Walmart says it will close its Nogales store to the public starting at 2 p.m. on Tuesday to “allow extra time for a third-party specialist to further sanitize the store.”
The store plans to re-open at 7 a.m. on Thursday, according to an emailed statement from Tiffany Wilson, Walmart’s corporate director of communications.
“Everything we’re doing is for the well-being of our associates and customers, and in consideration of guidance by the Centers for Disease Control (CDC) and health experts,” Wilson said in the statement, which did not mention any specific coronavirus-related concern at the Nogales store.
In response to follow-up questions about whether the closure had come in response to positive COVID-19 cases among employees, or if employees would be tested for the disease before the store re-opens, Wilson wrote:
"Like Southern Arizona, our stores have felt the impact of the coronavirus. This is leading us to continually evaluate our responses and best practices to keep stores safe for associates and customers."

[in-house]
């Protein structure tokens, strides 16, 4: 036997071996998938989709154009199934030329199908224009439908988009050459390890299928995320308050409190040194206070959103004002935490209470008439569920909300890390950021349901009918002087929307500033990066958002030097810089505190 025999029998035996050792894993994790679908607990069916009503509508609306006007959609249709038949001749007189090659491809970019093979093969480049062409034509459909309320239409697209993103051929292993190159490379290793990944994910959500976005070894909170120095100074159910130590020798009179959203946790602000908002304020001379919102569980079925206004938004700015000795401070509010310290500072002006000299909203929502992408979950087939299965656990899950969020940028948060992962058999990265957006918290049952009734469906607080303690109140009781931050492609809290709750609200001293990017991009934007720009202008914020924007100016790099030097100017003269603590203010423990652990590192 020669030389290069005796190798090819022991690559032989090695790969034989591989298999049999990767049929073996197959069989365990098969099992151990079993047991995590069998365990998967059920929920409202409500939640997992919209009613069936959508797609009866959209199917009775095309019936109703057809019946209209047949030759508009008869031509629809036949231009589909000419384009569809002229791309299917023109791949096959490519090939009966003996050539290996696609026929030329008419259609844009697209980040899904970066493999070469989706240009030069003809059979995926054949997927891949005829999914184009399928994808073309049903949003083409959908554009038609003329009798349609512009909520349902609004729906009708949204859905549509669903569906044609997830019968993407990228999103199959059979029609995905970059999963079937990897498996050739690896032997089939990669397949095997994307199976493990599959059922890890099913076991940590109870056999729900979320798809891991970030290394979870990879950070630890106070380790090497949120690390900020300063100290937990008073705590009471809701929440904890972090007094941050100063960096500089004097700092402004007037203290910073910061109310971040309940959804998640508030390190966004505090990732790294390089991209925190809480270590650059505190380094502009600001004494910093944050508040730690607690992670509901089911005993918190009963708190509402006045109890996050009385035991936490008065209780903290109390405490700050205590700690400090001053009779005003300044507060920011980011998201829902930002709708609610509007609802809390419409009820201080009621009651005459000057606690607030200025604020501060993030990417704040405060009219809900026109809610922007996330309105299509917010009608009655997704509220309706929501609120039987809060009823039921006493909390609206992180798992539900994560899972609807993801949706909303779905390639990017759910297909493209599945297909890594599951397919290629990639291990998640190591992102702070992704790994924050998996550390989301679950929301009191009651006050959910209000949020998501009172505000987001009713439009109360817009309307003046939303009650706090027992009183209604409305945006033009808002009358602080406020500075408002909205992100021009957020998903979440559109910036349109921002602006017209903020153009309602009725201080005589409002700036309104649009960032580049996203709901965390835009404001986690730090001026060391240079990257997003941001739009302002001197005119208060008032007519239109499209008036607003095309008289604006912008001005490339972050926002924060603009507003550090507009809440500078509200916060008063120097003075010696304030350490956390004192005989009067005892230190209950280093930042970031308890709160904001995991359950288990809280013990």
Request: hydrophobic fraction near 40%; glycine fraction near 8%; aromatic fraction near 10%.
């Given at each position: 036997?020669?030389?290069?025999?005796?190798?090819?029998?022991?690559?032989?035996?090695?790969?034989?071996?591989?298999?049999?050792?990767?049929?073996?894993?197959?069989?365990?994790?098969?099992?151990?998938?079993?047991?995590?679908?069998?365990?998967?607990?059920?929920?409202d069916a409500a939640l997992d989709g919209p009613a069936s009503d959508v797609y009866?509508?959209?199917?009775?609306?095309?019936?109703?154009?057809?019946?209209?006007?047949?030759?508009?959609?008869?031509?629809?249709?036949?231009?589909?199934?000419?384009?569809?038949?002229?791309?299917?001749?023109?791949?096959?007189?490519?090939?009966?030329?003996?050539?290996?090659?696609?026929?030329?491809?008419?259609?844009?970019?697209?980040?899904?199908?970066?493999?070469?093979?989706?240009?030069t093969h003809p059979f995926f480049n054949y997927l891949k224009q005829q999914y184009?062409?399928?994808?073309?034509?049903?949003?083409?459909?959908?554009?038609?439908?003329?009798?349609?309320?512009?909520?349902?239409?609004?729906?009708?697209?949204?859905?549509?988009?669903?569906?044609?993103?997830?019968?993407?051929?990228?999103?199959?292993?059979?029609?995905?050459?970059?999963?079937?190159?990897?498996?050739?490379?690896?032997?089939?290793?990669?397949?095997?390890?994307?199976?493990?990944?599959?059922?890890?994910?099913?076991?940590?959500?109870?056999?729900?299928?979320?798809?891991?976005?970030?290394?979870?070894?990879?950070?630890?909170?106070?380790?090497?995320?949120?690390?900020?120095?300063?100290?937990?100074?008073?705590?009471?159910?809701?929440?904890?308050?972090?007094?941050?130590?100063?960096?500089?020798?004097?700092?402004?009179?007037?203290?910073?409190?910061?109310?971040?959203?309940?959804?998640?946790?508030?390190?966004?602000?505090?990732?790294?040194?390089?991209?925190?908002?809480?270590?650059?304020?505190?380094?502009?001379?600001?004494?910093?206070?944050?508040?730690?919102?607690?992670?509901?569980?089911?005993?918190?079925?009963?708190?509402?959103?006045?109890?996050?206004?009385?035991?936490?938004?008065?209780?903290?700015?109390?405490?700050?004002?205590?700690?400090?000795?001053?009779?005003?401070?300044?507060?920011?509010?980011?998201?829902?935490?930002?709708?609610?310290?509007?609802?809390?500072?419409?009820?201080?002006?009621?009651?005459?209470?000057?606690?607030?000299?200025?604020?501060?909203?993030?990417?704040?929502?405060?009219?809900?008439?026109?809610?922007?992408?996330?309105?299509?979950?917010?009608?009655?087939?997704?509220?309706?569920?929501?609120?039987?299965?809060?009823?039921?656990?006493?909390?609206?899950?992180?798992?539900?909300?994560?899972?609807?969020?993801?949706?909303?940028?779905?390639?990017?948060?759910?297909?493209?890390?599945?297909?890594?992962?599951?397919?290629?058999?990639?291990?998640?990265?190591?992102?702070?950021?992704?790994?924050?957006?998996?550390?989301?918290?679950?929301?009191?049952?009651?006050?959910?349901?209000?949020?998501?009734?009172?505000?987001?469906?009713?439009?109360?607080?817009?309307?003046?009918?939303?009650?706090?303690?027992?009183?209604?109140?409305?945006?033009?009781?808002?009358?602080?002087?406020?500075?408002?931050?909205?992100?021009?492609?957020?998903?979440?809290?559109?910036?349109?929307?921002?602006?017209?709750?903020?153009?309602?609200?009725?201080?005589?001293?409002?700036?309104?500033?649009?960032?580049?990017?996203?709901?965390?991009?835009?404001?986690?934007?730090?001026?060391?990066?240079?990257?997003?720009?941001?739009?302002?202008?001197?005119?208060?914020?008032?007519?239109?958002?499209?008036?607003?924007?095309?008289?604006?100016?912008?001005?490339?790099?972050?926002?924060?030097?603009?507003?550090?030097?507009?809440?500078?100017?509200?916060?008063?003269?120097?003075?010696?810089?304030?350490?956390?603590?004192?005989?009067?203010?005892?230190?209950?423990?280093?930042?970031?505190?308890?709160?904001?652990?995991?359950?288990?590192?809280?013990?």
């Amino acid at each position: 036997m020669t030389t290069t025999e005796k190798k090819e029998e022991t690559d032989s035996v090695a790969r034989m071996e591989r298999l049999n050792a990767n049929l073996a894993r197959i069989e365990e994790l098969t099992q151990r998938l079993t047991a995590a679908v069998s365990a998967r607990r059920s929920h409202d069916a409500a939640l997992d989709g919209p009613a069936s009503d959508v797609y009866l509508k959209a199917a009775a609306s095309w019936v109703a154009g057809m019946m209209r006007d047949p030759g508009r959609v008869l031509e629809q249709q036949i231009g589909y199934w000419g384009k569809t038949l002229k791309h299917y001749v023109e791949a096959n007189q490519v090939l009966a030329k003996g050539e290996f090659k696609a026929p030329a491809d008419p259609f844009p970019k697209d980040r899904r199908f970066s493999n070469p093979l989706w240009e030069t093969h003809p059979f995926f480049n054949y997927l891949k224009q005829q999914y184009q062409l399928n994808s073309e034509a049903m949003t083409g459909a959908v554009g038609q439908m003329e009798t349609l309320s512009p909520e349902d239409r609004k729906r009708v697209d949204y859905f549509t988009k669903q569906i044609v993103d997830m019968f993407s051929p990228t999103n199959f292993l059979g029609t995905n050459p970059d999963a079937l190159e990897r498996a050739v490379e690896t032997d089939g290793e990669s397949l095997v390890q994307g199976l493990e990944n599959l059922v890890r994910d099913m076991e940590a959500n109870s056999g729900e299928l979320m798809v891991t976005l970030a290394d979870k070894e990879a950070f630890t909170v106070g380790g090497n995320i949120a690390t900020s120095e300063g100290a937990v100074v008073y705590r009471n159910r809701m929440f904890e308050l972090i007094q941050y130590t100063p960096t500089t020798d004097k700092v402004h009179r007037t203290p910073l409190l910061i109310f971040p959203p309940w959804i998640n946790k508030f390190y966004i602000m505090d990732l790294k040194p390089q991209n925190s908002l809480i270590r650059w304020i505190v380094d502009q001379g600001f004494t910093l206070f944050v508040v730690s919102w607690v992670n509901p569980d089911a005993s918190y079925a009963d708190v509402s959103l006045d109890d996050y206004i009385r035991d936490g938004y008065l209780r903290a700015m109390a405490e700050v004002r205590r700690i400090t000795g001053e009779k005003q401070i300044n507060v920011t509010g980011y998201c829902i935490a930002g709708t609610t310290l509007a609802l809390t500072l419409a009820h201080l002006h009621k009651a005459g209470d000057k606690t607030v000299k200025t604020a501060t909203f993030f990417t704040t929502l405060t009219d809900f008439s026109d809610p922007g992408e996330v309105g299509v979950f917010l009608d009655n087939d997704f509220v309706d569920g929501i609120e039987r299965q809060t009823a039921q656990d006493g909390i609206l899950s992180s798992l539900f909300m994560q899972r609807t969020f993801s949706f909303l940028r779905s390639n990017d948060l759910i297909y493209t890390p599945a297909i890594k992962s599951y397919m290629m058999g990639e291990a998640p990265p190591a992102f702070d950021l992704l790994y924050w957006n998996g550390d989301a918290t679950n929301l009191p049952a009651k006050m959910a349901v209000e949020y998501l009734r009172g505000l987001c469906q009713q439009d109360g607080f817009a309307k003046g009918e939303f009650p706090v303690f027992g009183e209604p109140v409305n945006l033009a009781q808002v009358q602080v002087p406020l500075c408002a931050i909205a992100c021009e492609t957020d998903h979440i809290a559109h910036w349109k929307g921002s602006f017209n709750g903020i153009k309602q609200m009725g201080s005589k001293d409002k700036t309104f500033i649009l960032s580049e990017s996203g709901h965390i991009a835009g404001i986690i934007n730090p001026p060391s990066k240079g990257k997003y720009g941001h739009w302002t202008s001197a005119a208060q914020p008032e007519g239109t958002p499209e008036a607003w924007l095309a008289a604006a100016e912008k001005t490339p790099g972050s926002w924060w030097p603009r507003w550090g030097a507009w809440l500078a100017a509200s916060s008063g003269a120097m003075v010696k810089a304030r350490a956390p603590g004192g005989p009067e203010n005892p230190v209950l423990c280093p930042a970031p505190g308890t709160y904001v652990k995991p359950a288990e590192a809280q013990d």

She added that the company could not provide further details due to privacy concerns.
“When the store reopens on (Thursday), we will continue to conduct associate health screens and temperature checks, and all associates will be provided with facemasks and gloves,” Wilson said in her original statement, which also pointed to protective measures the store had already taken, such as installing sneeze guards at registers, limiting the number of customers in a store at any one time, one-way aisle shopping, placing social distancing signage, and enacting an emergency leave policy for associates who are unable or uncomfortable coming to work.
With the number of positive COVID-19 cases continuing to rise in Santa Cruz County – surpassing 1,500 total confirmed infections as of Tuesday – some businesses have closed their doors temporarily or indefinitely, raising suspicions that the closures were do to sick employees.
However, unless the business wants to disclose the details, it’s difficult to confirm whether a business closed due to COVID-19 infections among staff, or remained open despite an infected employee.
As County Health Director Jeff Terrell told the NI last week, there’s no requirement that businesses close as a result of an in-house infection, and nothing that compels them to share information about coronavirus-positive employees with the government, media or public at large.